In the position above black cannot avoid :w1: pass :b2: pass :w3: pass
According to Spight rule the play stops (white has passed a second time in the same position)
Now, after this first stop Spight rule (with territory scoring) says an encore begins then it follows:

Click Here To Show Diagram Code
[go]$$B
$$ --------------------
$$ | O 6 O . X O . . . .
$$ | X O O . X O . . . .
$$ | X X X X X O . . . .
$$ | O O O O O O . . . .
$$ | . . . . . . . . . .
$$ | . . . . . . . . . .
$$[/go]
:b5: pass
:b7: pass
:w8: pass
:b9: pass (now black has passed a second time in the same position
:w10: pass (one more pass because black began the encore)
and white gains one point because black passed three times and white only two times.

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 Post subject: Re: Moonlight life and go rules
Post #85 Posted: Fri Jul 23, 2021 10:40 am 
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Bill Spight wrote:
Gérard TAILLE wrote:
Click Here To Show Diagram Code
[go]$$W Japonese rule +1, Spight rule +3
$$ ----------------
$$ | . W X . O X . .
$$ | O X X . O X . .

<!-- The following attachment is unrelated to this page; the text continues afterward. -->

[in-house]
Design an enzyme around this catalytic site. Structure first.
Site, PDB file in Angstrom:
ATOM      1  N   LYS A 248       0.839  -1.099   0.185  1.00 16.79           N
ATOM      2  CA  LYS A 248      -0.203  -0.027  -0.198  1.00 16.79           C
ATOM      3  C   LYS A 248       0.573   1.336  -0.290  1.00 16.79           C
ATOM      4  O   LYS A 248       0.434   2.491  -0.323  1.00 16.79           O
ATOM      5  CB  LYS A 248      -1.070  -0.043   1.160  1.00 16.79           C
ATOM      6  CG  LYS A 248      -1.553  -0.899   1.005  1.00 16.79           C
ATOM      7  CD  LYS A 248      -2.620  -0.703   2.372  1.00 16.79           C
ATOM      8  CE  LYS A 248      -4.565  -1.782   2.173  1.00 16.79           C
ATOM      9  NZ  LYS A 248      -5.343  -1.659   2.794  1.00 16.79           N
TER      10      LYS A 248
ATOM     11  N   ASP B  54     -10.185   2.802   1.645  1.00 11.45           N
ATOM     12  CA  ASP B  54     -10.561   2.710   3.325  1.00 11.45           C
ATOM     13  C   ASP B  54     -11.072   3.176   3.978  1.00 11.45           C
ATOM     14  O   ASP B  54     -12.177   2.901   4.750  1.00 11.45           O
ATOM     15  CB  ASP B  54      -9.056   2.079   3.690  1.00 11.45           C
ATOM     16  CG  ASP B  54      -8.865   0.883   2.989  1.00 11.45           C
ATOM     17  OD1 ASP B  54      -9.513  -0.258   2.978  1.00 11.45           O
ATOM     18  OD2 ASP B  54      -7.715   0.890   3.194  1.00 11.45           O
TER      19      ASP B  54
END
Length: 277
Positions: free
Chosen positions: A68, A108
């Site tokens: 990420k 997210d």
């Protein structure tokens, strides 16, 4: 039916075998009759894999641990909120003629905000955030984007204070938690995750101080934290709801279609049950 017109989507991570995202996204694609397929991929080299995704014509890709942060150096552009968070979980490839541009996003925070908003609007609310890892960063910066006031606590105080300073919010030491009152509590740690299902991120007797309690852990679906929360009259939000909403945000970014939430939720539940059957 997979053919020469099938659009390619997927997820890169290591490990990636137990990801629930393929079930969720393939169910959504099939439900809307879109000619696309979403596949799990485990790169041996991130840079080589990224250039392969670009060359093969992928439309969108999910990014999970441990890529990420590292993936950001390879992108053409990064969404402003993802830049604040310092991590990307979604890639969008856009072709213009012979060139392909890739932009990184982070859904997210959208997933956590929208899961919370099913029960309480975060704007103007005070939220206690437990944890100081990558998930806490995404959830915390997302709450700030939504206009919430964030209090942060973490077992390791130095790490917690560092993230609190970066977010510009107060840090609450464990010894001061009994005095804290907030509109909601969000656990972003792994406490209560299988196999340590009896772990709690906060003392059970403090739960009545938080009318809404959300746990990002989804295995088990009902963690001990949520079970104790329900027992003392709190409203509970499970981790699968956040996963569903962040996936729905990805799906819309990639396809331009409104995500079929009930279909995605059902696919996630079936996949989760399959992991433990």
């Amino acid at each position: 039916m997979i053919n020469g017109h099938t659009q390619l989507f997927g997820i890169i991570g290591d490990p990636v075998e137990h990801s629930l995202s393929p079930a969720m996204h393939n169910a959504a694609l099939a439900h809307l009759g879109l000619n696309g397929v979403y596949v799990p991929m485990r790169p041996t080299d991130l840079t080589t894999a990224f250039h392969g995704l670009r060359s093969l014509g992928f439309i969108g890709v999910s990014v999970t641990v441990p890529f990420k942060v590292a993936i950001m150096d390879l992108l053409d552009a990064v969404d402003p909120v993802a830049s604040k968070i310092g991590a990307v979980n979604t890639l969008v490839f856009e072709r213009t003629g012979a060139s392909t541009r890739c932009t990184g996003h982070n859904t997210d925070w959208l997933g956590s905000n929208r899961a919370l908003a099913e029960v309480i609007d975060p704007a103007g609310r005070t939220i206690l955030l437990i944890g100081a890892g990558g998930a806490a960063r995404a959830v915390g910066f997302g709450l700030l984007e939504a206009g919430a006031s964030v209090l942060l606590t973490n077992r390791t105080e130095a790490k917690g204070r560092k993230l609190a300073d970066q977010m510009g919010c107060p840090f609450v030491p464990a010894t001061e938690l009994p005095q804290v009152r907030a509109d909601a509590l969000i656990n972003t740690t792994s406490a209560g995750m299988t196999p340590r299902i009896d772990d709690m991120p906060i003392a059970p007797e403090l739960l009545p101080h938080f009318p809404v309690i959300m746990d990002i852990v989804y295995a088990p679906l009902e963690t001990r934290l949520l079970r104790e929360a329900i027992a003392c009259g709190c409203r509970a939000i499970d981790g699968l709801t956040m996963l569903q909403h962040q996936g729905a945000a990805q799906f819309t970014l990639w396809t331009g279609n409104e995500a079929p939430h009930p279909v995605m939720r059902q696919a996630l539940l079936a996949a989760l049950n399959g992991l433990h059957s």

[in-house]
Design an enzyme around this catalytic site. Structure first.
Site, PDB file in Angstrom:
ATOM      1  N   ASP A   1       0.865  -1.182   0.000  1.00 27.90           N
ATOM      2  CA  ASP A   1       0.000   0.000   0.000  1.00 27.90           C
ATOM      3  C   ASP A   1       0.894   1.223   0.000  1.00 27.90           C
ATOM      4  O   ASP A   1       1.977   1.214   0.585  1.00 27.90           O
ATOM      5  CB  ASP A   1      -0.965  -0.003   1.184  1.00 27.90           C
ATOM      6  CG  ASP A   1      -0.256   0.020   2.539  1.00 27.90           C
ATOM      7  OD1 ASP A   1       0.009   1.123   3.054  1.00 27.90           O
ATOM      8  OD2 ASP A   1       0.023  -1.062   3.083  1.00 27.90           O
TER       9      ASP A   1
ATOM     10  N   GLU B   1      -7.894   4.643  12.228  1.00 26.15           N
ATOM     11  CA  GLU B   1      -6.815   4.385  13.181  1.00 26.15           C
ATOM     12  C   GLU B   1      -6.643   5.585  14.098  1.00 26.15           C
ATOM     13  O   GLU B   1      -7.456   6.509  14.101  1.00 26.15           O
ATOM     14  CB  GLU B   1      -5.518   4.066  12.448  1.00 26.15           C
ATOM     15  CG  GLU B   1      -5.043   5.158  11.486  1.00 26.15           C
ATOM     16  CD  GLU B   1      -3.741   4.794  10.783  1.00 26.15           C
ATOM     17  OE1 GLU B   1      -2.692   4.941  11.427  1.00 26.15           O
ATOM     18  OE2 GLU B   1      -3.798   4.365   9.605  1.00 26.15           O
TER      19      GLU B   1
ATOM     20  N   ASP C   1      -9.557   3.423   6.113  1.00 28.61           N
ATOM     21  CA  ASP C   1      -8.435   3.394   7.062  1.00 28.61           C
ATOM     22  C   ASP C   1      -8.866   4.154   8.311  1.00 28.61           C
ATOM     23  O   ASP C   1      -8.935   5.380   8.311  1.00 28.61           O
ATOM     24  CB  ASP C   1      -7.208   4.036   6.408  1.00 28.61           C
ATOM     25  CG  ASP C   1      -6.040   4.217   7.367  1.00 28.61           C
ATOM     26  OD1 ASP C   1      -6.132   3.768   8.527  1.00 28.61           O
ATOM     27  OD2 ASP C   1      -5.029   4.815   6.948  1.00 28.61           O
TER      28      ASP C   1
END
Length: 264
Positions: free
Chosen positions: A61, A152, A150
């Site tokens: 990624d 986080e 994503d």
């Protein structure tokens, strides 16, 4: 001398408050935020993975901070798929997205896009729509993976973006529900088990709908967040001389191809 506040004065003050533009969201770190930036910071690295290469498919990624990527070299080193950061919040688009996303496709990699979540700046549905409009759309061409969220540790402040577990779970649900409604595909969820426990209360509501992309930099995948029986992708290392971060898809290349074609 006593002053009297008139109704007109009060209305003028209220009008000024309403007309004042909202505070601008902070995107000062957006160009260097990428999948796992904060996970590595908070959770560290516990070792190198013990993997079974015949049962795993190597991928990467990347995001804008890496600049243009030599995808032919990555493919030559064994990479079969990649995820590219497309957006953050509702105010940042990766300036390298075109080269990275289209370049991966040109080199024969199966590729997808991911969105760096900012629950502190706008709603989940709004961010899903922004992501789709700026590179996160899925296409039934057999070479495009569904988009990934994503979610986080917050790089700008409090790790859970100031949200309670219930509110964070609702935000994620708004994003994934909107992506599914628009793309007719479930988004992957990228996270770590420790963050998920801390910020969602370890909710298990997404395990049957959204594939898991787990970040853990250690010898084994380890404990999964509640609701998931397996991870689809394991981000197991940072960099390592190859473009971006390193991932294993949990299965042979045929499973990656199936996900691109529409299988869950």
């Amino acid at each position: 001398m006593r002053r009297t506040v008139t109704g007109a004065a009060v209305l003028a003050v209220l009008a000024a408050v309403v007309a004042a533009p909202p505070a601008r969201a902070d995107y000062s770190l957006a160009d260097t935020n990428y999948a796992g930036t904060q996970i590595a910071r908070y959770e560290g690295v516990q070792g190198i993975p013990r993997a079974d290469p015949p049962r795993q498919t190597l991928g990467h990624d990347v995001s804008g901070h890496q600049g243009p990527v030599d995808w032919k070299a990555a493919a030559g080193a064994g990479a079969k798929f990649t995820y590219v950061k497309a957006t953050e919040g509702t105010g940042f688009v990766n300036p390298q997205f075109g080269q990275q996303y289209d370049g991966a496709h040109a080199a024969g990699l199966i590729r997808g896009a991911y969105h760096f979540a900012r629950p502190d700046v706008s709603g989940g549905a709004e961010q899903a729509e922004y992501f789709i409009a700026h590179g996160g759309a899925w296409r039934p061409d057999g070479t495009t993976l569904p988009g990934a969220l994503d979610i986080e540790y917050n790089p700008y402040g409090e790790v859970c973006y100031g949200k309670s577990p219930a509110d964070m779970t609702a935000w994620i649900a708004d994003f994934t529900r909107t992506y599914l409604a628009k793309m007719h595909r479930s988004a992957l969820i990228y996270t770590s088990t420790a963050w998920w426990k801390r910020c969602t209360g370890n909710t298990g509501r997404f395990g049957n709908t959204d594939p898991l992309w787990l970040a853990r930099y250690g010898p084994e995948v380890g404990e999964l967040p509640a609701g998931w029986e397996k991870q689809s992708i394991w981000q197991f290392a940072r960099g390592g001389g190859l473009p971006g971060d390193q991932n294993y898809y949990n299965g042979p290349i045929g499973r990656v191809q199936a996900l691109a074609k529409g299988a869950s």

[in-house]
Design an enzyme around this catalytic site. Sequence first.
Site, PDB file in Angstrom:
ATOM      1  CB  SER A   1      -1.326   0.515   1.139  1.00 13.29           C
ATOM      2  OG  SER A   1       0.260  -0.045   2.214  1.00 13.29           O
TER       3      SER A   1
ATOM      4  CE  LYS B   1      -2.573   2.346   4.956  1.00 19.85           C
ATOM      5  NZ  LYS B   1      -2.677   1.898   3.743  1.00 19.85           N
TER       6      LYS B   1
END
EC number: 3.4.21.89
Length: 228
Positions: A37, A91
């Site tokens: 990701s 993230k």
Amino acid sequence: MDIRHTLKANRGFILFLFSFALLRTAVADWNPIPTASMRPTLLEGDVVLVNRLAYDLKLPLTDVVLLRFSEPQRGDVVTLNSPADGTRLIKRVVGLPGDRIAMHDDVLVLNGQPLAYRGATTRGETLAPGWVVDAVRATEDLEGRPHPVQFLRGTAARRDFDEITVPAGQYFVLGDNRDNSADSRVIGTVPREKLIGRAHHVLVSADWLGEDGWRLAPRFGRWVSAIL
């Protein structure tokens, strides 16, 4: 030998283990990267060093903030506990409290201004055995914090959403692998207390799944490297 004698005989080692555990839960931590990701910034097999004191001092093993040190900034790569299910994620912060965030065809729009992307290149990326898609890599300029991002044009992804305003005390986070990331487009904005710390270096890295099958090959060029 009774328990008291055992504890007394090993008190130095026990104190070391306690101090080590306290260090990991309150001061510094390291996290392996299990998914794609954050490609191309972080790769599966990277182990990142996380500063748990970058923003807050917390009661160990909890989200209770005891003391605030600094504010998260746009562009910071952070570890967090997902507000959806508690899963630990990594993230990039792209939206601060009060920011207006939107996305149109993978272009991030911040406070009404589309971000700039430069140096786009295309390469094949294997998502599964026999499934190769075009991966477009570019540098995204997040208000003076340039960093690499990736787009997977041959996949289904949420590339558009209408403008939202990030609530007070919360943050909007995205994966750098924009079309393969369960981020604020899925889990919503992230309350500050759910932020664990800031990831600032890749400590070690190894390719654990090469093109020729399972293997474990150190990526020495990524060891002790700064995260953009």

$$ | O O O O O X . .
$$ | X X X X X X . .
$$ | . . . . . . . .
$$ | . . . . . . . .
$$ -------------[/go]

It is dead, but the stones are in seki, so it is not removable.

OK Bill but black has simply to take the ko before the end of the game. That way black marks one point doesn't it?
On the contrary, with Spight rule, black will wait till the encore before taking the ko and connect. That is the point.

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 Post subject: Re: Moonlight life and go rules
Post #86 Posted: Fri Jul 23, 2021 10:41 am 
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Gérard TAILLE wrote:
Bill Spight wrote:
Gérard TAILLE wrote:
Click Here To Show Diagram Code
[go]$$W 0 point in japonese rule and 1 point in Spight rule
$$ --------------------
$$ | O . O . X O . . . .
$$ | X O O . X O . . . .
$$ | X X X X X O . . . .
$$ | O O O O O O . . . .
$$ | . . . . . . . . . .
$$ | . . . . . . . . . .
$$[/go]

You are the only person I know of who calls that point a one-sided dame. ;)

Under Spight territory rules it is possible to show whether White can claim 1 point in the encore. You have not done so.


Let's take Spight rule:
Play stops when the same player passes a second time in the same board position.
With territory scoring play stops twice. After the first stop there is an encore in which a pass costs one point and each player makes the same number of plays (considering a pass a play)

In the position above black cannot avoid :w1: pass :b2: pass :w3: pass
According to Spight rule the play stops (white has passed a second time in the same position)